Making New Friends And Meeting New People After A PCS
As Navy wives, it’s hard to always be making new friends every time we move. It’s tough to start over. It takes a lot of effort at first. Here are a few thoughts on how to put yourself out there and why you should keep at it.
Spouse Clubs & FRG
A good place to start making new friends is the spouse’s club or FRG (Family Readiness Group). Have your spouse connect you if needed. One way to start is to go to a social event or the monthly meeting. While there, be sure to get on email list and introduce yourself to others.
If you hit it off with anyone at the event, ask for their number and maybe invite them to coffee. If asking for digits sounds too forward, pay attention to their last names and find them on facebook. You can even pull out your phone and ask if they’re on FB right then. That way you’ll be sure to find them.
Once you’ve gotten to know them through FB comments or likes, etc, you’ll feel more familiar with them the next time you see them. You could also see if the group has a facebook page where you can learn about various activities.
Also, if you don’t want to only get to know your command spouses, some bases have a base-wide OSC (if you’re an officer’s wife) that you can join.
Volunteering is a fabulous way to get to start making new friends, both military and civilian. I’ve done a few volunteer activities in the past few years. I used to help at a local animal shelter in Newport, RI. Here in Washington, I’ve been a Young Life leader and volunteered in the schools. I recently decided to volunteer for a spouse board position– Secretary of the FRG.
I have met a lot of great people by volunteering. You may not become best friends with everyone you meet, of course. But it will expand your horizons and get you into a setting where making new friends is possible.
Besides the above, you could volunteer at a habitat for humanity, read to kids at a library, visit people in a nursing home, you name it. Find something that interests you and jump in.
Join a Group
There are so many types of groups out there. You could join a Bible study, book club, knitting club, hiking group, dog walkers, running club… you get the idea. If there’s not one you like, start one.
Get a Job
Ok, I know getting a job as a military spouse is easier said than done. I could write a whole blog post or two on my journeys in un-employment. But I will say that if you can find a job you enjoy, even if it’s not in your field, you can meet some great people.
I was blessed to find a job here at a coffee shop. I must say, it was a total “God thing” to get the job. I really can’t go into that right now, but trust me. But the job was perfect for the past year.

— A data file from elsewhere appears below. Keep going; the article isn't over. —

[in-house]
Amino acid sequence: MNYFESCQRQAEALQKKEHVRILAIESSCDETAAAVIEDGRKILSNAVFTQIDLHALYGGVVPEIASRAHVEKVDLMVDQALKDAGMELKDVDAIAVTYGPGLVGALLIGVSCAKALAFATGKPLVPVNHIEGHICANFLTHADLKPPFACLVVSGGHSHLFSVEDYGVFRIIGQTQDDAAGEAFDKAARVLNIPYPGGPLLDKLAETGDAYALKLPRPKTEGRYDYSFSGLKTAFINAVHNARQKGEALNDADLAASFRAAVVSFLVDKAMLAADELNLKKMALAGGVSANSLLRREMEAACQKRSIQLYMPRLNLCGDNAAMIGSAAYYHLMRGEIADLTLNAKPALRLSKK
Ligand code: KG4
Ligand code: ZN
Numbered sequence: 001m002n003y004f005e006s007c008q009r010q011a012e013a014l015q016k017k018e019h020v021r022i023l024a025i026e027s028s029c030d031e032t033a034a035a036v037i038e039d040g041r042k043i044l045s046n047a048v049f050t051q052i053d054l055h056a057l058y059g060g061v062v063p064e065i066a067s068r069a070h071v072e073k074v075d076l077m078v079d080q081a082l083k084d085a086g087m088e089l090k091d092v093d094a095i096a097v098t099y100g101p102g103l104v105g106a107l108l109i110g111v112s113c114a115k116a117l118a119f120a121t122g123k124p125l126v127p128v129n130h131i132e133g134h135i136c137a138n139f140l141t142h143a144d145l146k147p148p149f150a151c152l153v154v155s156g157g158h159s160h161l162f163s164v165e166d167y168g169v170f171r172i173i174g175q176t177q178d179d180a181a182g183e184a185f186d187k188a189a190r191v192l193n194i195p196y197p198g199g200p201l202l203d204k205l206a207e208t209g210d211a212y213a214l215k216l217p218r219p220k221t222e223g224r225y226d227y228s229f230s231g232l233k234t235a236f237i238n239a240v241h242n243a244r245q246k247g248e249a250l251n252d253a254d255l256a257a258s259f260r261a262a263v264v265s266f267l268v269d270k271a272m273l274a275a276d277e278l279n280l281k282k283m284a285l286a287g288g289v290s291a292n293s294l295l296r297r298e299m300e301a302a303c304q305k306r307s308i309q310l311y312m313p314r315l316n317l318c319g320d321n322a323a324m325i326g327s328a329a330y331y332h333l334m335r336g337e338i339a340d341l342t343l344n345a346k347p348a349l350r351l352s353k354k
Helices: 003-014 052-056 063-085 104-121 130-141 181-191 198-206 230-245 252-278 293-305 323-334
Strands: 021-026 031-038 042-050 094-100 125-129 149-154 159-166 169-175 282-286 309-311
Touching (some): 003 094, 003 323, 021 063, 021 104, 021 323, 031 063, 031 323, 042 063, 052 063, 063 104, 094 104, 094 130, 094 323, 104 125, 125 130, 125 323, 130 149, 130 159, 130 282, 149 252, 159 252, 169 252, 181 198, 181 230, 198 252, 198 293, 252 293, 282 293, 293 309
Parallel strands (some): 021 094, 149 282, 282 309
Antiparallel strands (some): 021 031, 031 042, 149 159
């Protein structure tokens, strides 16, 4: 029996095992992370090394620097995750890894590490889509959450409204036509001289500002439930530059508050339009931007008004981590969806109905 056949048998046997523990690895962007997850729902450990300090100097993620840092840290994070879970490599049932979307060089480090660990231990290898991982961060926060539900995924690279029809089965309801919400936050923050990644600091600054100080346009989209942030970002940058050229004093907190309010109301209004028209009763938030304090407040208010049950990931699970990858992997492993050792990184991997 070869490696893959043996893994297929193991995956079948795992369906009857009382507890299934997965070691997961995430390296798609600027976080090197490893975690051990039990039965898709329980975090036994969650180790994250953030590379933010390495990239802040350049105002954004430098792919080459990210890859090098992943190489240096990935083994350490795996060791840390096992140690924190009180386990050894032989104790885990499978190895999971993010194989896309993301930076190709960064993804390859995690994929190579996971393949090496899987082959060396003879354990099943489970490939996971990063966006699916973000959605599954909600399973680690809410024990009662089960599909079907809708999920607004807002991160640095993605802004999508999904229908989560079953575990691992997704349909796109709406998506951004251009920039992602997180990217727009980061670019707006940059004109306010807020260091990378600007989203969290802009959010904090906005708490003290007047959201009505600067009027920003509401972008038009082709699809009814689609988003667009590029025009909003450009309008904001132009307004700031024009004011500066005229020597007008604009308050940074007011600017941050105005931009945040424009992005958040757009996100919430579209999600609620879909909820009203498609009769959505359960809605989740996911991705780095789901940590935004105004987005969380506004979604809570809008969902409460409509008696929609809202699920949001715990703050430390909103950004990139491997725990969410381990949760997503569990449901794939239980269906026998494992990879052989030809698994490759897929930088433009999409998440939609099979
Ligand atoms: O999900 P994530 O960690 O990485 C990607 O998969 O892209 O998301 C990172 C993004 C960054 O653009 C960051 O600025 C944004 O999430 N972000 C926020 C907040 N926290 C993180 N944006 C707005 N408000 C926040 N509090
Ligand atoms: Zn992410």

Through the job, I became very good friends with my boss Lisa. She’s also doula, photographer, ViSalus rep, and a very caring and wonderful person. She’s awesome! I ended up asking her to be my doula and I was so glad to have her support throughout my pregnancy and delivery.
Ok so that’s how to go about making new friends. But what if it’s just too hard? What if you’re shy? What if you’ve done it a million times and you just don’t want to make any more new friends!
Ok, let’s all just take a one-second “I just want my old friends” pity party.
Ok. Pity party over.
I’ll give you two stories as to why you shouldn’t give up trying to make new friends. I know it’s always hard to start over and make new friends. We all have to do it and it’s easier for some than others. It’s hard to leave that closeness and familiarity you have with one group to feel uncomfortable and awkward with another group. But sometimes you just have to make yourself!
#1 – You Truly Could Meet A Lifelong Friend
When I graduated from college, I moved to Seattle. I didn’t have many friends and I decided to go to my church’s young adult evening group. I sat in my apartment and thought of a million reasons why I wasn’t going to go. But I finally got up and made myself go.
At that event, I met a girl who ended up becoming one of my best friends. We were roommates in a house of girls for the next three years, and she was in my wedding. And it all was made possible because I made myself get up and attend that first time.
#2 – You Can Avoid A Lot Of Misery
When I got here to Whidbey, I had just been in Jax for 5 months and Newport, RI for a year. I had spent a lot of time and energy making friends in those places. When I first got here, I was kind of burned out on putting myself out there. I just didn’t try very hard.
We had a deployment just a few months after arriving, and I was miserable. But it was my own fault for not trying. It WASN’T my fault that it was so hard. I was understandably worn out. But I CHOSE my rotten attitude.
Halfway through deployment, I said “enough whining” to myself and got back out there. I’ve made some awesome friends here. I think I would have saved myself some misery if I’d just kept at it.
I know it’s hard. But the friends you’ll make and develop will be worth it.
Good luck and hang in there! You can do it. I will pray that you start to make some connections soon that could turn out to be great friends. You just have to take one step at a time.